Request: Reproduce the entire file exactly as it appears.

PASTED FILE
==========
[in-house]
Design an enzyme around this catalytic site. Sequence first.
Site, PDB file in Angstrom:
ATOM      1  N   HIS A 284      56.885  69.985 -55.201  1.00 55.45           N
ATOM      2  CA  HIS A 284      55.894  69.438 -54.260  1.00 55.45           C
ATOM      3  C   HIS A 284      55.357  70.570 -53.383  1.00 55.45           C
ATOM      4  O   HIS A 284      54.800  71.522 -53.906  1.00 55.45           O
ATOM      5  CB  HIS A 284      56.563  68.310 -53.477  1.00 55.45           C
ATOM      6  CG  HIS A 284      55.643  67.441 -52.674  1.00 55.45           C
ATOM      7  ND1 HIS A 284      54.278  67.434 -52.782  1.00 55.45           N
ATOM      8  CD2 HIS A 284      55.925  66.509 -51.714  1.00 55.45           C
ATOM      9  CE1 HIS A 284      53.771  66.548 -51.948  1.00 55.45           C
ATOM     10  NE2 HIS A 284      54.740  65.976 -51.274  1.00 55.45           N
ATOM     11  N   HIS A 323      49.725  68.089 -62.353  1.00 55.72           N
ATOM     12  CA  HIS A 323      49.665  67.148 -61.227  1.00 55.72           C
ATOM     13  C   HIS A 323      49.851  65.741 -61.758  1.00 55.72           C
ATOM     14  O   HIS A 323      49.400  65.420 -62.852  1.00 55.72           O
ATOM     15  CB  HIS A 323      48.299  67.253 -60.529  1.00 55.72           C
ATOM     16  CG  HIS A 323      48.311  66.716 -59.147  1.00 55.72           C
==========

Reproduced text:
[in-house]
Design an enzyme around this catalytic site. Sequence first.
Site, PDB file in Angstrom:
ATOM      1  N   HIS A 284      56.885  69.985 -55.201  1.00 55.45           N
ATOM      2  CA  HIS A 284      55.894  69.438 -54.260  1.00 55.45           C
ATOM      3  C   HIS A 284      55.357  70.570 -53.383  1.00 55.45           C
ATOM      4  O   HIS A 284      54.800  71.522 -53.906  1.00 55.45           O
ATOM      5  CB  HIS A 284      56.563  68.310 -53.477  1.00 55.45           C
ATOM      6  CG  HIS A 284      55.643  67.441 -52.674  1.00 55.45           C
ATOM      7  ND1 HIS A 284      54.278  67.434 -52.782  1.00 55.45           N
ATOM      8  CD2 HIS A 284      55.925  66.509 -51.714  1.00 55.45           C
ATOM      9  CE1 HIS A 284      53.771  66.548 -51.948  1.00 55.45           C
ATOM     10  NE2 HIS A 284      54.740  65.976 -51.274  1.00 55.45           N
ATOM     11  N   HIS A 323      49.725  68.089 -62.353  1.00 55.72           N
ATOM     12  CA  HIS A 323      49.665  67.148 -61.227  1.00 55.72           C
ATOM     13  C   HIS A 323      49.851  65.741 -61.758  1.00 55.72           C
ATOM     14  O   HIS A 323      49.400  65.420 -62.852  1.00 55.72           O
ATOM     15  CB  HIS A 323      48.299  67.253 -60.529  1.00 55.72           C
ATOM     16  CG  HIS A 323      48.311  66.716 -59.147  1.00 55.72           C